Article Text

Download PDFPDF
Torsion of a parasitic leiomyoma: a rare but important differential in women presenting with lower abdominal pain
  1. Clemmie Stebbings1,
  2. Ahmed Latif1 and
  3. Janakan Gnananandan2
  1. 1General Surgery, Lewisham and Greenwich NHS Trust, London, UK
  2. 2General Surgery, Barts Health NHS Trust, London, UK
  1. Correspondence to Dr Clemmie Stebbings; clemmie.stebbings{at}


A 39-year-old multiparous Afro-Caribbean woman attended the emergency department with sudden-onset severe right iliac fossa pain. Her inflammatory markers were mildly elevated. Computerised tomography of the abdomen demonstrated features of fat stranding in the right iliac fossa suspicious of acute appendicitis. The scan also noted uterine leiomyomas. The patient was taken to theatre for an emergency diagnostic laparoscopy where her appendix was found to be macroscopically normal. A necrotic heavily calcified parasitic leiomyoma was seen in the right adnexa, free of the uterus and adherent to the greater omentum on a long torted pedicle. The parasitic leiomyoma was successfully removed piecemeal laparoscopically. Complications of leiomyomas, namely, torsion and necrosis, are important differentials in women presenting with sudden-onset lower abdominal pain. A history of sudden-onset severe lower abdominal pain with a background of known leiomyoma should prompt the clerking surgeon to consider a complication of leiomyoma as part of the differential diagnoses.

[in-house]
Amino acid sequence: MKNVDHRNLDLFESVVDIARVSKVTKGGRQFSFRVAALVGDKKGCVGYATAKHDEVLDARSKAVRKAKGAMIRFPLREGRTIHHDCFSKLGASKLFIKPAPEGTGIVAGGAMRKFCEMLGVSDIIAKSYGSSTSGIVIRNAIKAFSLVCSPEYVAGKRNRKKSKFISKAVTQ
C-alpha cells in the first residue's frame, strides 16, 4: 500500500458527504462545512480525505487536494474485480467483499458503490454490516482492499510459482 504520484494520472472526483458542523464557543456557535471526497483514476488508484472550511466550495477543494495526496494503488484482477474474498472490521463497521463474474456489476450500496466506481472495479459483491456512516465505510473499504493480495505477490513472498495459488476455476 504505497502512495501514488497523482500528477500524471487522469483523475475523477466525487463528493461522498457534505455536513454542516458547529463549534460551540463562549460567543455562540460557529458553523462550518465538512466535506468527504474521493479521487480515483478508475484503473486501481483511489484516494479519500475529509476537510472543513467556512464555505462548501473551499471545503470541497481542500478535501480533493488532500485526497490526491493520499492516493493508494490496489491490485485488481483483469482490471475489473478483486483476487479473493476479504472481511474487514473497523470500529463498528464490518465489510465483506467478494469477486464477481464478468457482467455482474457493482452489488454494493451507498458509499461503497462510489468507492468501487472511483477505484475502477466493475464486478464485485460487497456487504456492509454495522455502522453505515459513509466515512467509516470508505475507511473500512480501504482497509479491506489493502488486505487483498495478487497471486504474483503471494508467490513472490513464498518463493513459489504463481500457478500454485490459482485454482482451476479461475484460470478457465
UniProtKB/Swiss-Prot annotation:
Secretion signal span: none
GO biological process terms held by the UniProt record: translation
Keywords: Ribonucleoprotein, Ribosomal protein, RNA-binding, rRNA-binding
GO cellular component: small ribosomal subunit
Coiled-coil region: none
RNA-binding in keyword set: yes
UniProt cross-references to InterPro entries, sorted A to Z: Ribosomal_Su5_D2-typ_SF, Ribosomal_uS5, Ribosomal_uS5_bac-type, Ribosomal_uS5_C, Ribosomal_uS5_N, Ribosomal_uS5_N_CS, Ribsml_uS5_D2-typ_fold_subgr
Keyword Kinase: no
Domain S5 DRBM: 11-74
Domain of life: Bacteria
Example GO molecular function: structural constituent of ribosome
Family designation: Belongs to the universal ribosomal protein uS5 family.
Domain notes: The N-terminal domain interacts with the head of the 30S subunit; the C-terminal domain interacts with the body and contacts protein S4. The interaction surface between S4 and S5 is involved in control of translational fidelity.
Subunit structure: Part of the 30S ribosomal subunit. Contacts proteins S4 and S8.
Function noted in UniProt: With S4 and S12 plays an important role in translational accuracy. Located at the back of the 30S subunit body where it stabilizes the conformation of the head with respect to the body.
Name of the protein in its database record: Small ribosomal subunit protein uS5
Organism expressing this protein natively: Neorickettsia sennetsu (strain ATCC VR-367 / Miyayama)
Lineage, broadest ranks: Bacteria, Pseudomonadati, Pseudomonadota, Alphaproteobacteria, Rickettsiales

• obstetrics and gynaecology
  • general surgery

Statistics from

Request Permissions

If you wish to reuse any or all of this article please use the link below which will take you to the Copyright Clearance Center’s RightsLink service. You will be able to get a quick price and instant permission to reuse the content in many different ways.


  • Contributors CS: First author responsible for drafting and assimilating the case report. AL: Author of the discussion section of the case report. JG: Report supervisor who conceived the report and provided administrative support, technical editing, language editing and proofreading.

  • Funding The authors have not declared a specific grant for this research from any funding agency in the public, commercial or not-for-profit sectors.

  • Competing interests None declared.

  • Patient consent for publication Obtained.

  • Provenance and peer review Not commissioned; externally peer reviewed.